Hope Hicks says working for Trump requires her to tell white lies: report

White House communications director Hope HicksHope Charlotte HicksCuomo turned down Trump invitation to participate in April press briefing: report Trump shakes up White House communications team Meadows joins White House facing reelection challenges MORE told members of the House Intelligence Committee on Tuesday that she is sometimes required to tell white lies as part of her work for President TrumpDonald John TrumpIvanka Trump pitches Goya Foods products on Twitter Sessions defends recusal: 'I leave elected office with my integrity intact' Former White House physician Ronny Jackson wins Texas runoff MORE, according to The New York Times.

Hicks reportedly made the statement during a lengthy testimony before the committee as part of its investigation into Russia’s inference in the 2016 election.

Hicks also told the panel, after speaking with her lawyers, that she hasn’t lied about anything related to the Russia probe, sources familiar with her testimony told the Times.

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As part of her testimony, Hicks declined to answer some questions from the committee about Trump’s presidential transition or her time in the White House. Hicks didn’t invoke executive privilege during her testimony.

Rep. Adam SchiffAdam Bennett SchiffStone rails against US justice system in first TV interview since Trump commuted his sentence Overnight Defense: US formally rejects Beijing's South China Sea claims | House set to consider defense policy bill next week | 57 injured as firefighters battle warship blaze Sunday shows - Spotlight shifts to reopening schools MORE (Calif.), the top Democrat on the committee, told reporters Tuesday that once Hicks got the green light from the White House she answered "many" questions about the Trump transition period.

But Hicks continued to refuse to answer questions about the administration as well as "key events such as the fabrication of that statement about the Trump Tower meeting,” according to Schiff.

Schiff slammed Hicks for refusing to answer some questions, calling it “executive stonewalling.”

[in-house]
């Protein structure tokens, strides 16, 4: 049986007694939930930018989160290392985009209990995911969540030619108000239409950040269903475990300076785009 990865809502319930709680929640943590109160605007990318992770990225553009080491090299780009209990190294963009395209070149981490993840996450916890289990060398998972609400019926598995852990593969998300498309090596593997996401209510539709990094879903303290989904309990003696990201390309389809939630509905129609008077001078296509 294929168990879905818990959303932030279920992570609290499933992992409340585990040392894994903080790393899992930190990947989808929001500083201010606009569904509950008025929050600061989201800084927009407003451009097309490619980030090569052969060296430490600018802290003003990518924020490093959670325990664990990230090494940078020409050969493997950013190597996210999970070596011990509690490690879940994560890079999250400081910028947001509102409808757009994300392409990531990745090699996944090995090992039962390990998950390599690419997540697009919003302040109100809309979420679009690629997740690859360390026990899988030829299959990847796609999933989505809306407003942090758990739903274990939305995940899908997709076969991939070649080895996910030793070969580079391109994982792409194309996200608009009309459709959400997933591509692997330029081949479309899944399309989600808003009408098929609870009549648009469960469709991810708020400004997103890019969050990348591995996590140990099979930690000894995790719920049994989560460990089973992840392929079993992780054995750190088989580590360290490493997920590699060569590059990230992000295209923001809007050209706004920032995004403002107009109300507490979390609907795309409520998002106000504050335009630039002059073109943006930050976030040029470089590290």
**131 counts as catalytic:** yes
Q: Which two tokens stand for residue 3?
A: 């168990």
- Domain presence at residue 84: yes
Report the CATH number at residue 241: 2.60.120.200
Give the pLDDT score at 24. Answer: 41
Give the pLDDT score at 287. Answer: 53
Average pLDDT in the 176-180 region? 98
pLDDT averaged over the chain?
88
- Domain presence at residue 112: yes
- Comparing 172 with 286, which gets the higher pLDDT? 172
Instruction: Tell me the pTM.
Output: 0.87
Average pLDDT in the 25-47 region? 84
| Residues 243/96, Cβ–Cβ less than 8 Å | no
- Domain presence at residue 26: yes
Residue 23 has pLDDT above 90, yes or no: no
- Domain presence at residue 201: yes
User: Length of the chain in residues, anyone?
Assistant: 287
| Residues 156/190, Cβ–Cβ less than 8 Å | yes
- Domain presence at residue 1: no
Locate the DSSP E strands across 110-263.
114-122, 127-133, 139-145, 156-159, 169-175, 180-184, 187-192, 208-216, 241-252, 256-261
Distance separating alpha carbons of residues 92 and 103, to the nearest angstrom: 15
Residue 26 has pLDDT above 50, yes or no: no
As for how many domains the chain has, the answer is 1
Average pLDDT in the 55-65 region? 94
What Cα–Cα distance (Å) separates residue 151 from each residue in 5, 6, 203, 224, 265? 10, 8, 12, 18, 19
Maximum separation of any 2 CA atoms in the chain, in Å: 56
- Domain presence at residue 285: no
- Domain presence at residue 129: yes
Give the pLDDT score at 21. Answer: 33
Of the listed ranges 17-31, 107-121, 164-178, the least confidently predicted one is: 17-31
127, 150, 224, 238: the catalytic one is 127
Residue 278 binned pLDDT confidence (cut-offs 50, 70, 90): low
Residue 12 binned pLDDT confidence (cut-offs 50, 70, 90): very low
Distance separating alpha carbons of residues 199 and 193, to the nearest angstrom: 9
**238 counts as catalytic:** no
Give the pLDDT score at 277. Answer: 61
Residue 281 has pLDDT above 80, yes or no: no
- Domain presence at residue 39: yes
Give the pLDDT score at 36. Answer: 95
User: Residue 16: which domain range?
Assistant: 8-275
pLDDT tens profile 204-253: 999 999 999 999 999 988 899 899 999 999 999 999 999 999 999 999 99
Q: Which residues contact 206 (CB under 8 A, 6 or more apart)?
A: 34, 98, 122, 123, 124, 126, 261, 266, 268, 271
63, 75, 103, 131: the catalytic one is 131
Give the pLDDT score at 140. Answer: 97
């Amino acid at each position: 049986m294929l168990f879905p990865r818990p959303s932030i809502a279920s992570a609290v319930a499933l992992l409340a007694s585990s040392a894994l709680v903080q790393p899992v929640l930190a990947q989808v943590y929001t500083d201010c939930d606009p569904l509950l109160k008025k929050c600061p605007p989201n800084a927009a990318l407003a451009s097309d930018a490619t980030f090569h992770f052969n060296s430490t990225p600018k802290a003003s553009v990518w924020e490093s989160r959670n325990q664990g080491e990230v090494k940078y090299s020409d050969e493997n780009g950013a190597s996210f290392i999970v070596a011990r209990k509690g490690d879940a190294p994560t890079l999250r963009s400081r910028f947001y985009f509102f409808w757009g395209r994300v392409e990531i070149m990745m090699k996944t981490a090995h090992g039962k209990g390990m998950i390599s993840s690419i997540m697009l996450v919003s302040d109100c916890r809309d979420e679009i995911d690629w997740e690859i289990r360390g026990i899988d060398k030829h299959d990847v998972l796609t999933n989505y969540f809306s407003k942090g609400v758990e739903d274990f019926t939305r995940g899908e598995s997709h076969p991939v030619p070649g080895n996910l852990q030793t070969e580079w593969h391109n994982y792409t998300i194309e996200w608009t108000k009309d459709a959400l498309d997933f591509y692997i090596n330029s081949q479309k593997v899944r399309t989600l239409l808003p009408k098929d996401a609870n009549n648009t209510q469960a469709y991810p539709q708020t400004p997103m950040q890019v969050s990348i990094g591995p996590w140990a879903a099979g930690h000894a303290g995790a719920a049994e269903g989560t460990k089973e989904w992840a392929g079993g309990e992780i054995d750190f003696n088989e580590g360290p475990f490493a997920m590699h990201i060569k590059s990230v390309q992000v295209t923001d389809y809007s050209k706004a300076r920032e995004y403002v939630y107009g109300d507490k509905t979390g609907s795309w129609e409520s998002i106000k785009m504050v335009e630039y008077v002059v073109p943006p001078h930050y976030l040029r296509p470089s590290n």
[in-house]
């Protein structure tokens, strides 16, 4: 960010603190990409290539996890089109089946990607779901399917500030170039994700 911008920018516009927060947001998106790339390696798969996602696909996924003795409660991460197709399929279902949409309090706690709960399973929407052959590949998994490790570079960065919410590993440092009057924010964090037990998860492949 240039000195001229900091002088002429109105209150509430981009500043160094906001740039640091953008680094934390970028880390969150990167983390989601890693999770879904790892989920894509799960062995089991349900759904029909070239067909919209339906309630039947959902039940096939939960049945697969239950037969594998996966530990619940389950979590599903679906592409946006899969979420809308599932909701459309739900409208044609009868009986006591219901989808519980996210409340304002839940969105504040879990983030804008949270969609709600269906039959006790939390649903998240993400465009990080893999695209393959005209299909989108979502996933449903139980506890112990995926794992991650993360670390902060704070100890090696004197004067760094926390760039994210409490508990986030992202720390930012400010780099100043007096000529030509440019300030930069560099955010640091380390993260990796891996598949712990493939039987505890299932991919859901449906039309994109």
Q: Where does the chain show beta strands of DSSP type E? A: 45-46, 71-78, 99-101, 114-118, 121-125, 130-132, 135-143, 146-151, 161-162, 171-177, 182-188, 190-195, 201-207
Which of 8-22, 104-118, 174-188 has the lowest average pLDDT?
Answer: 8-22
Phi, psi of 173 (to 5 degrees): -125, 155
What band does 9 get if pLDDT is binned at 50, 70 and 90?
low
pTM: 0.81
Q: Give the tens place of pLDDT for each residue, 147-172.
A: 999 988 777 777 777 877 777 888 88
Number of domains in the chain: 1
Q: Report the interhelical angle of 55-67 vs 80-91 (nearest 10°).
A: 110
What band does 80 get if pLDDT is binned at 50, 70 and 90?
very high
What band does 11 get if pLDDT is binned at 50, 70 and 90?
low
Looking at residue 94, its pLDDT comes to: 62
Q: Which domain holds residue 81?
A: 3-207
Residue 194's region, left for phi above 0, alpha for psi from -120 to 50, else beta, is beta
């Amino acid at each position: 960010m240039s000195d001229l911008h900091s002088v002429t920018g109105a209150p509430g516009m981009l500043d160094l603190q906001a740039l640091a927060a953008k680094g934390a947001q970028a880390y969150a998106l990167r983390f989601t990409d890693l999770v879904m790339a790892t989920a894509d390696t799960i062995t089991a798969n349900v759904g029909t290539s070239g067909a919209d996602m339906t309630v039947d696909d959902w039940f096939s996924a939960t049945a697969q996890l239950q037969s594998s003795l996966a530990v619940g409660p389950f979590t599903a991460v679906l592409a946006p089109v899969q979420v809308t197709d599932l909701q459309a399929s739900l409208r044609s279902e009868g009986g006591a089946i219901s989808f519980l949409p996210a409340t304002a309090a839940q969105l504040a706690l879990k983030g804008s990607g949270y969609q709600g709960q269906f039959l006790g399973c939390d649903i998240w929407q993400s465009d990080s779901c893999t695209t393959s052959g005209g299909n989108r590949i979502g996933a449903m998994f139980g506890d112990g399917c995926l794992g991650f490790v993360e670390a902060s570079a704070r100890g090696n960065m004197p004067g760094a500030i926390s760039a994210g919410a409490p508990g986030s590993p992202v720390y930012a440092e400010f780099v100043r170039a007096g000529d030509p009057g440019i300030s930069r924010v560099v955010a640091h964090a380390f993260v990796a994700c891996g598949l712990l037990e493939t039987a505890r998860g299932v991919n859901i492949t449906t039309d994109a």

Hicks played a key role during the campaign and transition periods, including the highly scrutinized Trump Tower meeting in June 2016.

She reportedly helped draft Donald Trump Jr.Don John TrumpSouth Dakota governor flew with Trump on Air Force One after being exposed to coronavirus: report Gianforte halts in-person campaigning after wife, running mate attend event with Guilfoyle Trump Jr. knocks CNN's Chris Cuomo over interview with father: 'I'm not pretending to be a journalist' MORE’s initial misleading statement about his meeting with a Russian lawyer. The president's eldest son said the meeting centered around Russian adoptions, while it later became known that he attended the meeting after being promised dirt about Hillary ClintonHillary Diane Rodham ClintonDemocrat Dana Balter to face Rep. John Katko in NY House rematch GOP lawmaker: Don't believe polls showing Trump behind Biden Kyle Van De Water wins New York GOP primary to challenge Rep. Antonio Delgado MORE's campaign.

Hicks has also met with special counsel Robert MuellerRobert (Bob) MuellerCNN's Toobin warns McCabe is in 'perilous condition' with emboldened Trump CNN anchor rips Trump over Stone while evoking Clinton-Lynch tarmac meeting The Hill's 12:30 Report: New Hampshire fallout MORE as well as the Senate Intelligence Committee as part of their separately-led Russia probes.